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Manage disks and partitions under Linux

Display existing partitions and identify existing disks.

sudo fdisk -l

or you can use


You can also use mount directly

mount # if you have a lot of devices you can use: mount | grep /dev/

How-to create a partition

You need to identify attach device (using fdisk)

sudo fdisk /dev/sdX
  • Press O and press Enter (creates a new table)
  • Press N and press Enter (creates a new partition)
  • Press P and press Enter (makes a primary partition)
  • Then press 1 and press Enter (creates it as the 1st partition)
  • Finally, press W (this will write any changes to disk)

Check result and identify the new partition id, it should be /dev/sdX1

sudo fdisk -l

Okay now you have a partition, now you need a filesystem.

Let say we want to use ext4

sudo mkfs.ext4 /dev/sdX1

Now you can add it to fstab

How-to make partitions mount at startup

You need to add it to /etc/fstab, before you probably want to backup your current file.

sudo cp /etc/fstab /etc/fstab.old

Get the UUID of the partition you want to auto-mount.

blkid # With old version you might need to use: sudo blkid

Typical result is

/dev/sda1: UUID="4a00874d-aaca-4712-80dd-0ba4aa0db401" TYPE="ext4" PARTUUID="2ec0b083-01"
/dev/sdb1: UUID="a0d6d979-8dd1-4443-80d4-2aa6a46eb99b" TYPE="ext2" PARTUUID="1e932d0e-01"
/dev/sdb5: UUID="jfZqhq-OMgo-Abx8-QgES-65XD-wj2w-labjeF" TYPE="LVM2_member" PARTUUID="1e932d0e-05"
/dev/mapper/mint--vg-root: UUID="9f6df998-4521-829f-9404-138cb12efccd" TYPE="ext4"

Copy the following line to the end of the file /etc/fstab save it and reboot afterwards to check if it worked.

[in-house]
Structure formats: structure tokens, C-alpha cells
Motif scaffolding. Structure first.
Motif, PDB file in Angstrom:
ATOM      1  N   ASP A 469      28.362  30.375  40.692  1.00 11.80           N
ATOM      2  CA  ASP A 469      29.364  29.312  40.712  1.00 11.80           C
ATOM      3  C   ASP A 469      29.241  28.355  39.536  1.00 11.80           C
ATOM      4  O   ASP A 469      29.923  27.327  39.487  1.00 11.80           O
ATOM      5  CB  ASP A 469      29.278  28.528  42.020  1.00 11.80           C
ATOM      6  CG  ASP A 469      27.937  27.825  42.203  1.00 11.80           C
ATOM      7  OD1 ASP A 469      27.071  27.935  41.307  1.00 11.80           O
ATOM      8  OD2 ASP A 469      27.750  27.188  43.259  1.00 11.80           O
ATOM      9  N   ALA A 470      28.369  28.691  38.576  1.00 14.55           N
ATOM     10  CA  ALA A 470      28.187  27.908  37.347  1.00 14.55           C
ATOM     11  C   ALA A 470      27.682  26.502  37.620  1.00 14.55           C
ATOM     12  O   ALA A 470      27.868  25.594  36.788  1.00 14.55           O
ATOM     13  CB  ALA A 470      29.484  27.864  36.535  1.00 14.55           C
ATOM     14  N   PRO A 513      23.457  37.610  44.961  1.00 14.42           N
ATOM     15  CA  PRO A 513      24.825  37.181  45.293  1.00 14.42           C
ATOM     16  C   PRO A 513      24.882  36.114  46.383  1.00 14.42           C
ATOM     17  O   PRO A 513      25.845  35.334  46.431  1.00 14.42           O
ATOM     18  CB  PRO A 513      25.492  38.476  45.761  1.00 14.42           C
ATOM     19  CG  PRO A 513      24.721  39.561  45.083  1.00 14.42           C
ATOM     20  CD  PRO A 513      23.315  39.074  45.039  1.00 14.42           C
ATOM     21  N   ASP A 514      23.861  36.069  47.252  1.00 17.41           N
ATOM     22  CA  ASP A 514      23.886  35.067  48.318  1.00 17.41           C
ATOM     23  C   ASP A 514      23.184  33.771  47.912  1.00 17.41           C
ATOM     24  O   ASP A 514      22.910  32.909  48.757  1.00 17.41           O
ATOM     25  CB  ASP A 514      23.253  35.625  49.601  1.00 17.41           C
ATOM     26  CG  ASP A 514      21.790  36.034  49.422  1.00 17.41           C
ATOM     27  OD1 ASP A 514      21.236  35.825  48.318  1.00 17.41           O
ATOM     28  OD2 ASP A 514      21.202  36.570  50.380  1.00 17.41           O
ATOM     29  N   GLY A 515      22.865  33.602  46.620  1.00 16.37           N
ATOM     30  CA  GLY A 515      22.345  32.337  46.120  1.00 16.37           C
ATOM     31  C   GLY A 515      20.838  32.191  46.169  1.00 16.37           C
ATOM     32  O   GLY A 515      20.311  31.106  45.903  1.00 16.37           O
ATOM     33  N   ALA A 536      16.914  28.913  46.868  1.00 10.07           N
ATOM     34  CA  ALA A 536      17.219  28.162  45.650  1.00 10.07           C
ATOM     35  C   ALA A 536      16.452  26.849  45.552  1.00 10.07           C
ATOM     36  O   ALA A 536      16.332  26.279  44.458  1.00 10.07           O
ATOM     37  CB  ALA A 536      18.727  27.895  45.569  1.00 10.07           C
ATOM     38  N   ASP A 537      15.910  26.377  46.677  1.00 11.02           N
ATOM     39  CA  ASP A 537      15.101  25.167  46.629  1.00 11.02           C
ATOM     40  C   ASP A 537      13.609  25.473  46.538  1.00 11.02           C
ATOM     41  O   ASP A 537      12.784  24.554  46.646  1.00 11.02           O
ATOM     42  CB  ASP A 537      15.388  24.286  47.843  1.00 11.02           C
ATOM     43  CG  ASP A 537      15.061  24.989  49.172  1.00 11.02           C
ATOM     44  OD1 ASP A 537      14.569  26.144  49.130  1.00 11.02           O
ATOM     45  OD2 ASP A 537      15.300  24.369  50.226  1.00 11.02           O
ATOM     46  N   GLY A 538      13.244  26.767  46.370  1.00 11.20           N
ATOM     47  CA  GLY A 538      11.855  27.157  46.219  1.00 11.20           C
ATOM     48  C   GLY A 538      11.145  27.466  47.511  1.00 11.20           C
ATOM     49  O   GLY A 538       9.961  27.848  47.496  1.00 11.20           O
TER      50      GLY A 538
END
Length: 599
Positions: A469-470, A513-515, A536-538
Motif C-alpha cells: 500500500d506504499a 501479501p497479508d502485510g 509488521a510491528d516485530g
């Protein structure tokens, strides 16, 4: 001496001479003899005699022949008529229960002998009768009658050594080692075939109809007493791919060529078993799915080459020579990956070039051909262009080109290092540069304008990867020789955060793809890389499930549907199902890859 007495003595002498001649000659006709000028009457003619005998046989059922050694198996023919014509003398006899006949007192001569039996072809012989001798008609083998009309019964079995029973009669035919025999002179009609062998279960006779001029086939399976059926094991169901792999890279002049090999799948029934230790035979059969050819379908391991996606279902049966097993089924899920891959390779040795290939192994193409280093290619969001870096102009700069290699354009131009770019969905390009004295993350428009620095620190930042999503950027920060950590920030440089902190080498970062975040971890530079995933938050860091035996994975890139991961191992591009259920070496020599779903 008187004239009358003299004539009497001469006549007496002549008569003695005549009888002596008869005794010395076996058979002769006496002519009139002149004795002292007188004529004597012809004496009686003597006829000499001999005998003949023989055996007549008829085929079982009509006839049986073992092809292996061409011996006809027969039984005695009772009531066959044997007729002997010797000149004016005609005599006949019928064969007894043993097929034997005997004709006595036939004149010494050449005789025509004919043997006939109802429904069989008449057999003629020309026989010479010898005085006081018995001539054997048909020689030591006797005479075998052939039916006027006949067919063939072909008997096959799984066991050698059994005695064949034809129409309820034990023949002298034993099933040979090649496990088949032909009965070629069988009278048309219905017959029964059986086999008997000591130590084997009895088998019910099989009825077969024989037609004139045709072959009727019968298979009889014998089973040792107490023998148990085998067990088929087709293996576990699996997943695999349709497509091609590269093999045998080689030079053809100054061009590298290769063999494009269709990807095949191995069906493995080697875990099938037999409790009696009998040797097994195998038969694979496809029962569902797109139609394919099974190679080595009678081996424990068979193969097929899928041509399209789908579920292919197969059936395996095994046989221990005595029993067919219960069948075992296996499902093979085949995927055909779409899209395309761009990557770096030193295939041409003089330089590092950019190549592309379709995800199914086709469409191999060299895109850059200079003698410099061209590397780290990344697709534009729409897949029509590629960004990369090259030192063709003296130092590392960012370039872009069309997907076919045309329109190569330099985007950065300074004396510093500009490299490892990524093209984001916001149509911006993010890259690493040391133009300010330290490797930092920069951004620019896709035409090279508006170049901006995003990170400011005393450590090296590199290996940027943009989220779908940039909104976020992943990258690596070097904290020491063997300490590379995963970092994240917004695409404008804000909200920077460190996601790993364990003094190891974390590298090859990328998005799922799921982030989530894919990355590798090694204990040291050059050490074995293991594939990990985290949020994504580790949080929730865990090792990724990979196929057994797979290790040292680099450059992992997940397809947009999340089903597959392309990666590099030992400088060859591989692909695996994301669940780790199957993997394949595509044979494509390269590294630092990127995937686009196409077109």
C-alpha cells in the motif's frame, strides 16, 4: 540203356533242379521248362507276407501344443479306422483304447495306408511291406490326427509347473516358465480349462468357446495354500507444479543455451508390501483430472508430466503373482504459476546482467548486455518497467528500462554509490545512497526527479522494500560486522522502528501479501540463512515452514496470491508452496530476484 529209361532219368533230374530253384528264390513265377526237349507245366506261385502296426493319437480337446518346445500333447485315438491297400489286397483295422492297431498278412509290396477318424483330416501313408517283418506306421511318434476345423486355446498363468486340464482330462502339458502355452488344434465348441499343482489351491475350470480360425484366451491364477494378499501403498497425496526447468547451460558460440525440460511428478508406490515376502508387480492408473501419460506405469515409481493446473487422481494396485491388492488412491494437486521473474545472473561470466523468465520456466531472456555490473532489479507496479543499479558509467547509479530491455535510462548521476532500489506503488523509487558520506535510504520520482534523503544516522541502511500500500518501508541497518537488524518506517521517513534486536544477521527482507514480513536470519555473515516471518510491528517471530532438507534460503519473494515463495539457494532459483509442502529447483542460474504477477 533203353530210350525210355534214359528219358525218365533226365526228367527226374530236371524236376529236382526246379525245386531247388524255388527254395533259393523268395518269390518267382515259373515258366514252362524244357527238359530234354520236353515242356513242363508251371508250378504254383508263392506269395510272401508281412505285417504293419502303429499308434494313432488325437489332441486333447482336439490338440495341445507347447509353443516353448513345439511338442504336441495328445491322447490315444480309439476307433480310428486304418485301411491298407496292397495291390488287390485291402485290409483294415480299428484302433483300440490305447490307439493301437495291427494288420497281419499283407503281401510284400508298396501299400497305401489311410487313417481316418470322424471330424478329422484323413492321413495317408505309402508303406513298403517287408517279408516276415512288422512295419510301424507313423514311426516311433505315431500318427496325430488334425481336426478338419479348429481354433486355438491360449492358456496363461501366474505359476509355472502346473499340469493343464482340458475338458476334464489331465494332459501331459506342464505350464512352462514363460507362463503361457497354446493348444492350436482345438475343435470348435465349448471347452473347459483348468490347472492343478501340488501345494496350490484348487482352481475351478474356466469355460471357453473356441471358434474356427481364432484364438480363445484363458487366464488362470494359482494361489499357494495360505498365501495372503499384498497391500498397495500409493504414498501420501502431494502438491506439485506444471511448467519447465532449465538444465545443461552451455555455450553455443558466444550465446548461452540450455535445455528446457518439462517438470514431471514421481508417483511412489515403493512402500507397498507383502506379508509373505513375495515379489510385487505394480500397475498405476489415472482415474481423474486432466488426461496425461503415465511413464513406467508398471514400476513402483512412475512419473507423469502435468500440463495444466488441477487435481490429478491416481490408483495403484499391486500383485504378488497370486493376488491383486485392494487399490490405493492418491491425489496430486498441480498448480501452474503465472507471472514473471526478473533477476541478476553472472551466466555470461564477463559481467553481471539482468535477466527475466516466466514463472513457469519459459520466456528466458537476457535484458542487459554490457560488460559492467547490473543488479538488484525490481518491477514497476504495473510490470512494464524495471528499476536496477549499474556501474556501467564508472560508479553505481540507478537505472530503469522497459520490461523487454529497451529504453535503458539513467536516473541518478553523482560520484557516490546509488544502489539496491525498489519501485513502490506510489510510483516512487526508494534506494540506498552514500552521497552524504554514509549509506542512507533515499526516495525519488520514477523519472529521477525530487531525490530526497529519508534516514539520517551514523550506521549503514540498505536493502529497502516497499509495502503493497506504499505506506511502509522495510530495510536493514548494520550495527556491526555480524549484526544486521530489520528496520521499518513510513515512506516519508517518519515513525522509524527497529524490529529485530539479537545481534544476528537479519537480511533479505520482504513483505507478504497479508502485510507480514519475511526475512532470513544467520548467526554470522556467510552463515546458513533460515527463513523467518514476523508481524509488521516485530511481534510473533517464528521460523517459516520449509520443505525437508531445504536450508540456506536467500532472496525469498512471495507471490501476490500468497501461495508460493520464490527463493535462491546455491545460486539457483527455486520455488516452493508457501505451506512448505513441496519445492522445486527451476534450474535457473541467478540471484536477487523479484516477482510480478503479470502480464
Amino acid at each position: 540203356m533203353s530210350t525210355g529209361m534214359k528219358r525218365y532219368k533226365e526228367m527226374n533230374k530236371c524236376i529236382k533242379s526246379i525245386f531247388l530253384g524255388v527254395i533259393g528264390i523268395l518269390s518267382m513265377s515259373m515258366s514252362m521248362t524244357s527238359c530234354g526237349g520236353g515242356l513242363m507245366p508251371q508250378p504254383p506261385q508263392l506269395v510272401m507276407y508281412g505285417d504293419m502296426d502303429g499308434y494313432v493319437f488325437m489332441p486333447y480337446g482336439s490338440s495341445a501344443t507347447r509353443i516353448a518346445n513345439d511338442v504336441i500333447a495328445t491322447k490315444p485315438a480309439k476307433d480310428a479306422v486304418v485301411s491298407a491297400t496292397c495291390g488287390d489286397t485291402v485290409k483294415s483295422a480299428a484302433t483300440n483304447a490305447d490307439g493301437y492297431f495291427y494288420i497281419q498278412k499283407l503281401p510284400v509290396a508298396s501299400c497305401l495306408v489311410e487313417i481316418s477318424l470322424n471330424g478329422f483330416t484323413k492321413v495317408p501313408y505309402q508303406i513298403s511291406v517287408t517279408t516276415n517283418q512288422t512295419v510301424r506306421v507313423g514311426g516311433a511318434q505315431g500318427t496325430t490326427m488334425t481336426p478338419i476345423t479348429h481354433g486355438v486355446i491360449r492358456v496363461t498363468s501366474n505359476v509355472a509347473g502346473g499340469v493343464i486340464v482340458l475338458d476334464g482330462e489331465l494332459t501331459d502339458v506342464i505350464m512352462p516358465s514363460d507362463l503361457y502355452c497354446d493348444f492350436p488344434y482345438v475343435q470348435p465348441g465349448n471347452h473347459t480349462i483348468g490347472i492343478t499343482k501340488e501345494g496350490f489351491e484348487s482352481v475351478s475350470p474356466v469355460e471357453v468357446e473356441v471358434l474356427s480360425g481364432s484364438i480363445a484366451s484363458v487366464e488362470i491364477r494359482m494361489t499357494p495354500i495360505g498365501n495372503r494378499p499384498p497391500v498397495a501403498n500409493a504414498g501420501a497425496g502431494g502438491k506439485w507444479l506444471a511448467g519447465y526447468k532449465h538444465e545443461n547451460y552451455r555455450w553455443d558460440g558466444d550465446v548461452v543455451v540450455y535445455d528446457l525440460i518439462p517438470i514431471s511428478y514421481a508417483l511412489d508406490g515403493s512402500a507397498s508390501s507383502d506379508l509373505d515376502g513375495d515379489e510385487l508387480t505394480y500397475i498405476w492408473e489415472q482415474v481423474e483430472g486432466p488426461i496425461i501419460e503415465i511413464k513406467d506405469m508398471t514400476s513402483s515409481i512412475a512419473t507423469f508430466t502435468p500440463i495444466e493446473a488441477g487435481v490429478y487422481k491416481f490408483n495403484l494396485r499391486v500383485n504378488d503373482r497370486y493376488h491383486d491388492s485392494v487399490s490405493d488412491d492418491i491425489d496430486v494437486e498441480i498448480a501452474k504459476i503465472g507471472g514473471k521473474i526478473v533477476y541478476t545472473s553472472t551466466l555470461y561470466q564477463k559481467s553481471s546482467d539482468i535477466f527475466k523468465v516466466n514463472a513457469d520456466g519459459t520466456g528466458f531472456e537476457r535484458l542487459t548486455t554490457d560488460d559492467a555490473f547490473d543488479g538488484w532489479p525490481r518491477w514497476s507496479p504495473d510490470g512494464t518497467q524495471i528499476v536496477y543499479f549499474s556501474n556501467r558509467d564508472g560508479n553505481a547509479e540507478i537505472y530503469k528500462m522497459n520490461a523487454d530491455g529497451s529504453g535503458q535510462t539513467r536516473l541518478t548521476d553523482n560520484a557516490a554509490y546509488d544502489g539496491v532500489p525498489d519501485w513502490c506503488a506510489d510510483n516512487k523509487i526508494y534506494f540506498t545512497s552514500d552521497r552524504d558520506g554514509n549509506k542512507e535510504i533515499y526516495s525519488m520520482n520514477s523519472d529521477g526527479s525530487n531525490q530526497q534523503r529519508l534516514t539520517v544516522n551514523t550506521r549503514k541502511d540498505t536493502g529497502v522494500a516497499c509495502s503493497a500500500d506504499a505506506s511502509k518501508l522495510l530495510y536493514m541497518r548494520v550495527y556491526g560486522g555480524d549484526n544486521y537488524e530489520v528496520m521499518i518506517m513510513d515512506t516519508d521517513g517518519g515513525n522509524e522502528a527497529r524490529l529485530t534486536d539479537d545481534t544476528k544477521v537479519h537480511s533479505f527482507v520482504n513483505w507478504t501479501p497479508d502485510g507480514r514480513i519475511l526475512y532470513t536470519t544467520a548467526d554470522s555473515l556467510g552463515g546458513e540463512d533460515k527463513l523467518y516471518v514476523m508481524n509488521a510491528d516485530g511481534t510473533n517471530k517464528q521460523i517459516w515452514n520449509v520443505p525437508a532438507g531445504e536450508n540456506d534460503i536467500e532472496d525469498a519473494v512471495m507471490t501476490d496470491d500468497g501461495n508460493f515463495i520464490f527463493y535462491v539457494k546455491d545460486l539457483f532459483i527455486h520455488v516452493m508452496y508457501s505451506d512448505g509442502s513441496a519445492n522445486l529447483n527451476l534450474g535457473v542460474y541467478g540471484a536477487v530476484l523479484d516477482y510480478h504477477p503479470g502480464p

sudo nano /etc/fstab # if you prefer xed or gedit use: xed admin:///etc/fstab

Typical fstab content

# /etc/fstab: static file system information.
# Use 'blkid' to print the universally unique identifier for a
# device; this may be used with UUID= as a more robust way to name devices
# that works even if disks are added and removed. See fstab(5).
# <file system> <mount point>   <type>  <options>       <dump>  <pass>
/dev/mapper/mint--vg-root /               ext4    errors=remount-ro 0       1
# /boot was on /dev/sda1 during installation
UUID=a0d6d979-8dd1-4443-80d4-2aa6a46eb99b /boot           ext2    defaults        0       2
/dev/mapper/mint--vg-swap_1 none            swap    sw              0       0

Then you need to add an entry to handle new partition


UUID=4a70084d-aaca-4712-80dd-0ba4aa0db401   /mnt/data  ext4    errors=remount-ro 0       2

Customize with your UUID and your mount point.

Save, create an empty folder corresponding to the mount point.

sudo mkdir /mnt/data

You can test using

sudo mount -a

Then verify content of your mount point

ls -lF /mnt/data/

You should have a lost+found folder there:

drwx------ 2 root root 16384 Jun 14 13:38 lost+found/

If you plan to use this disk for your users homes have a look to User management section.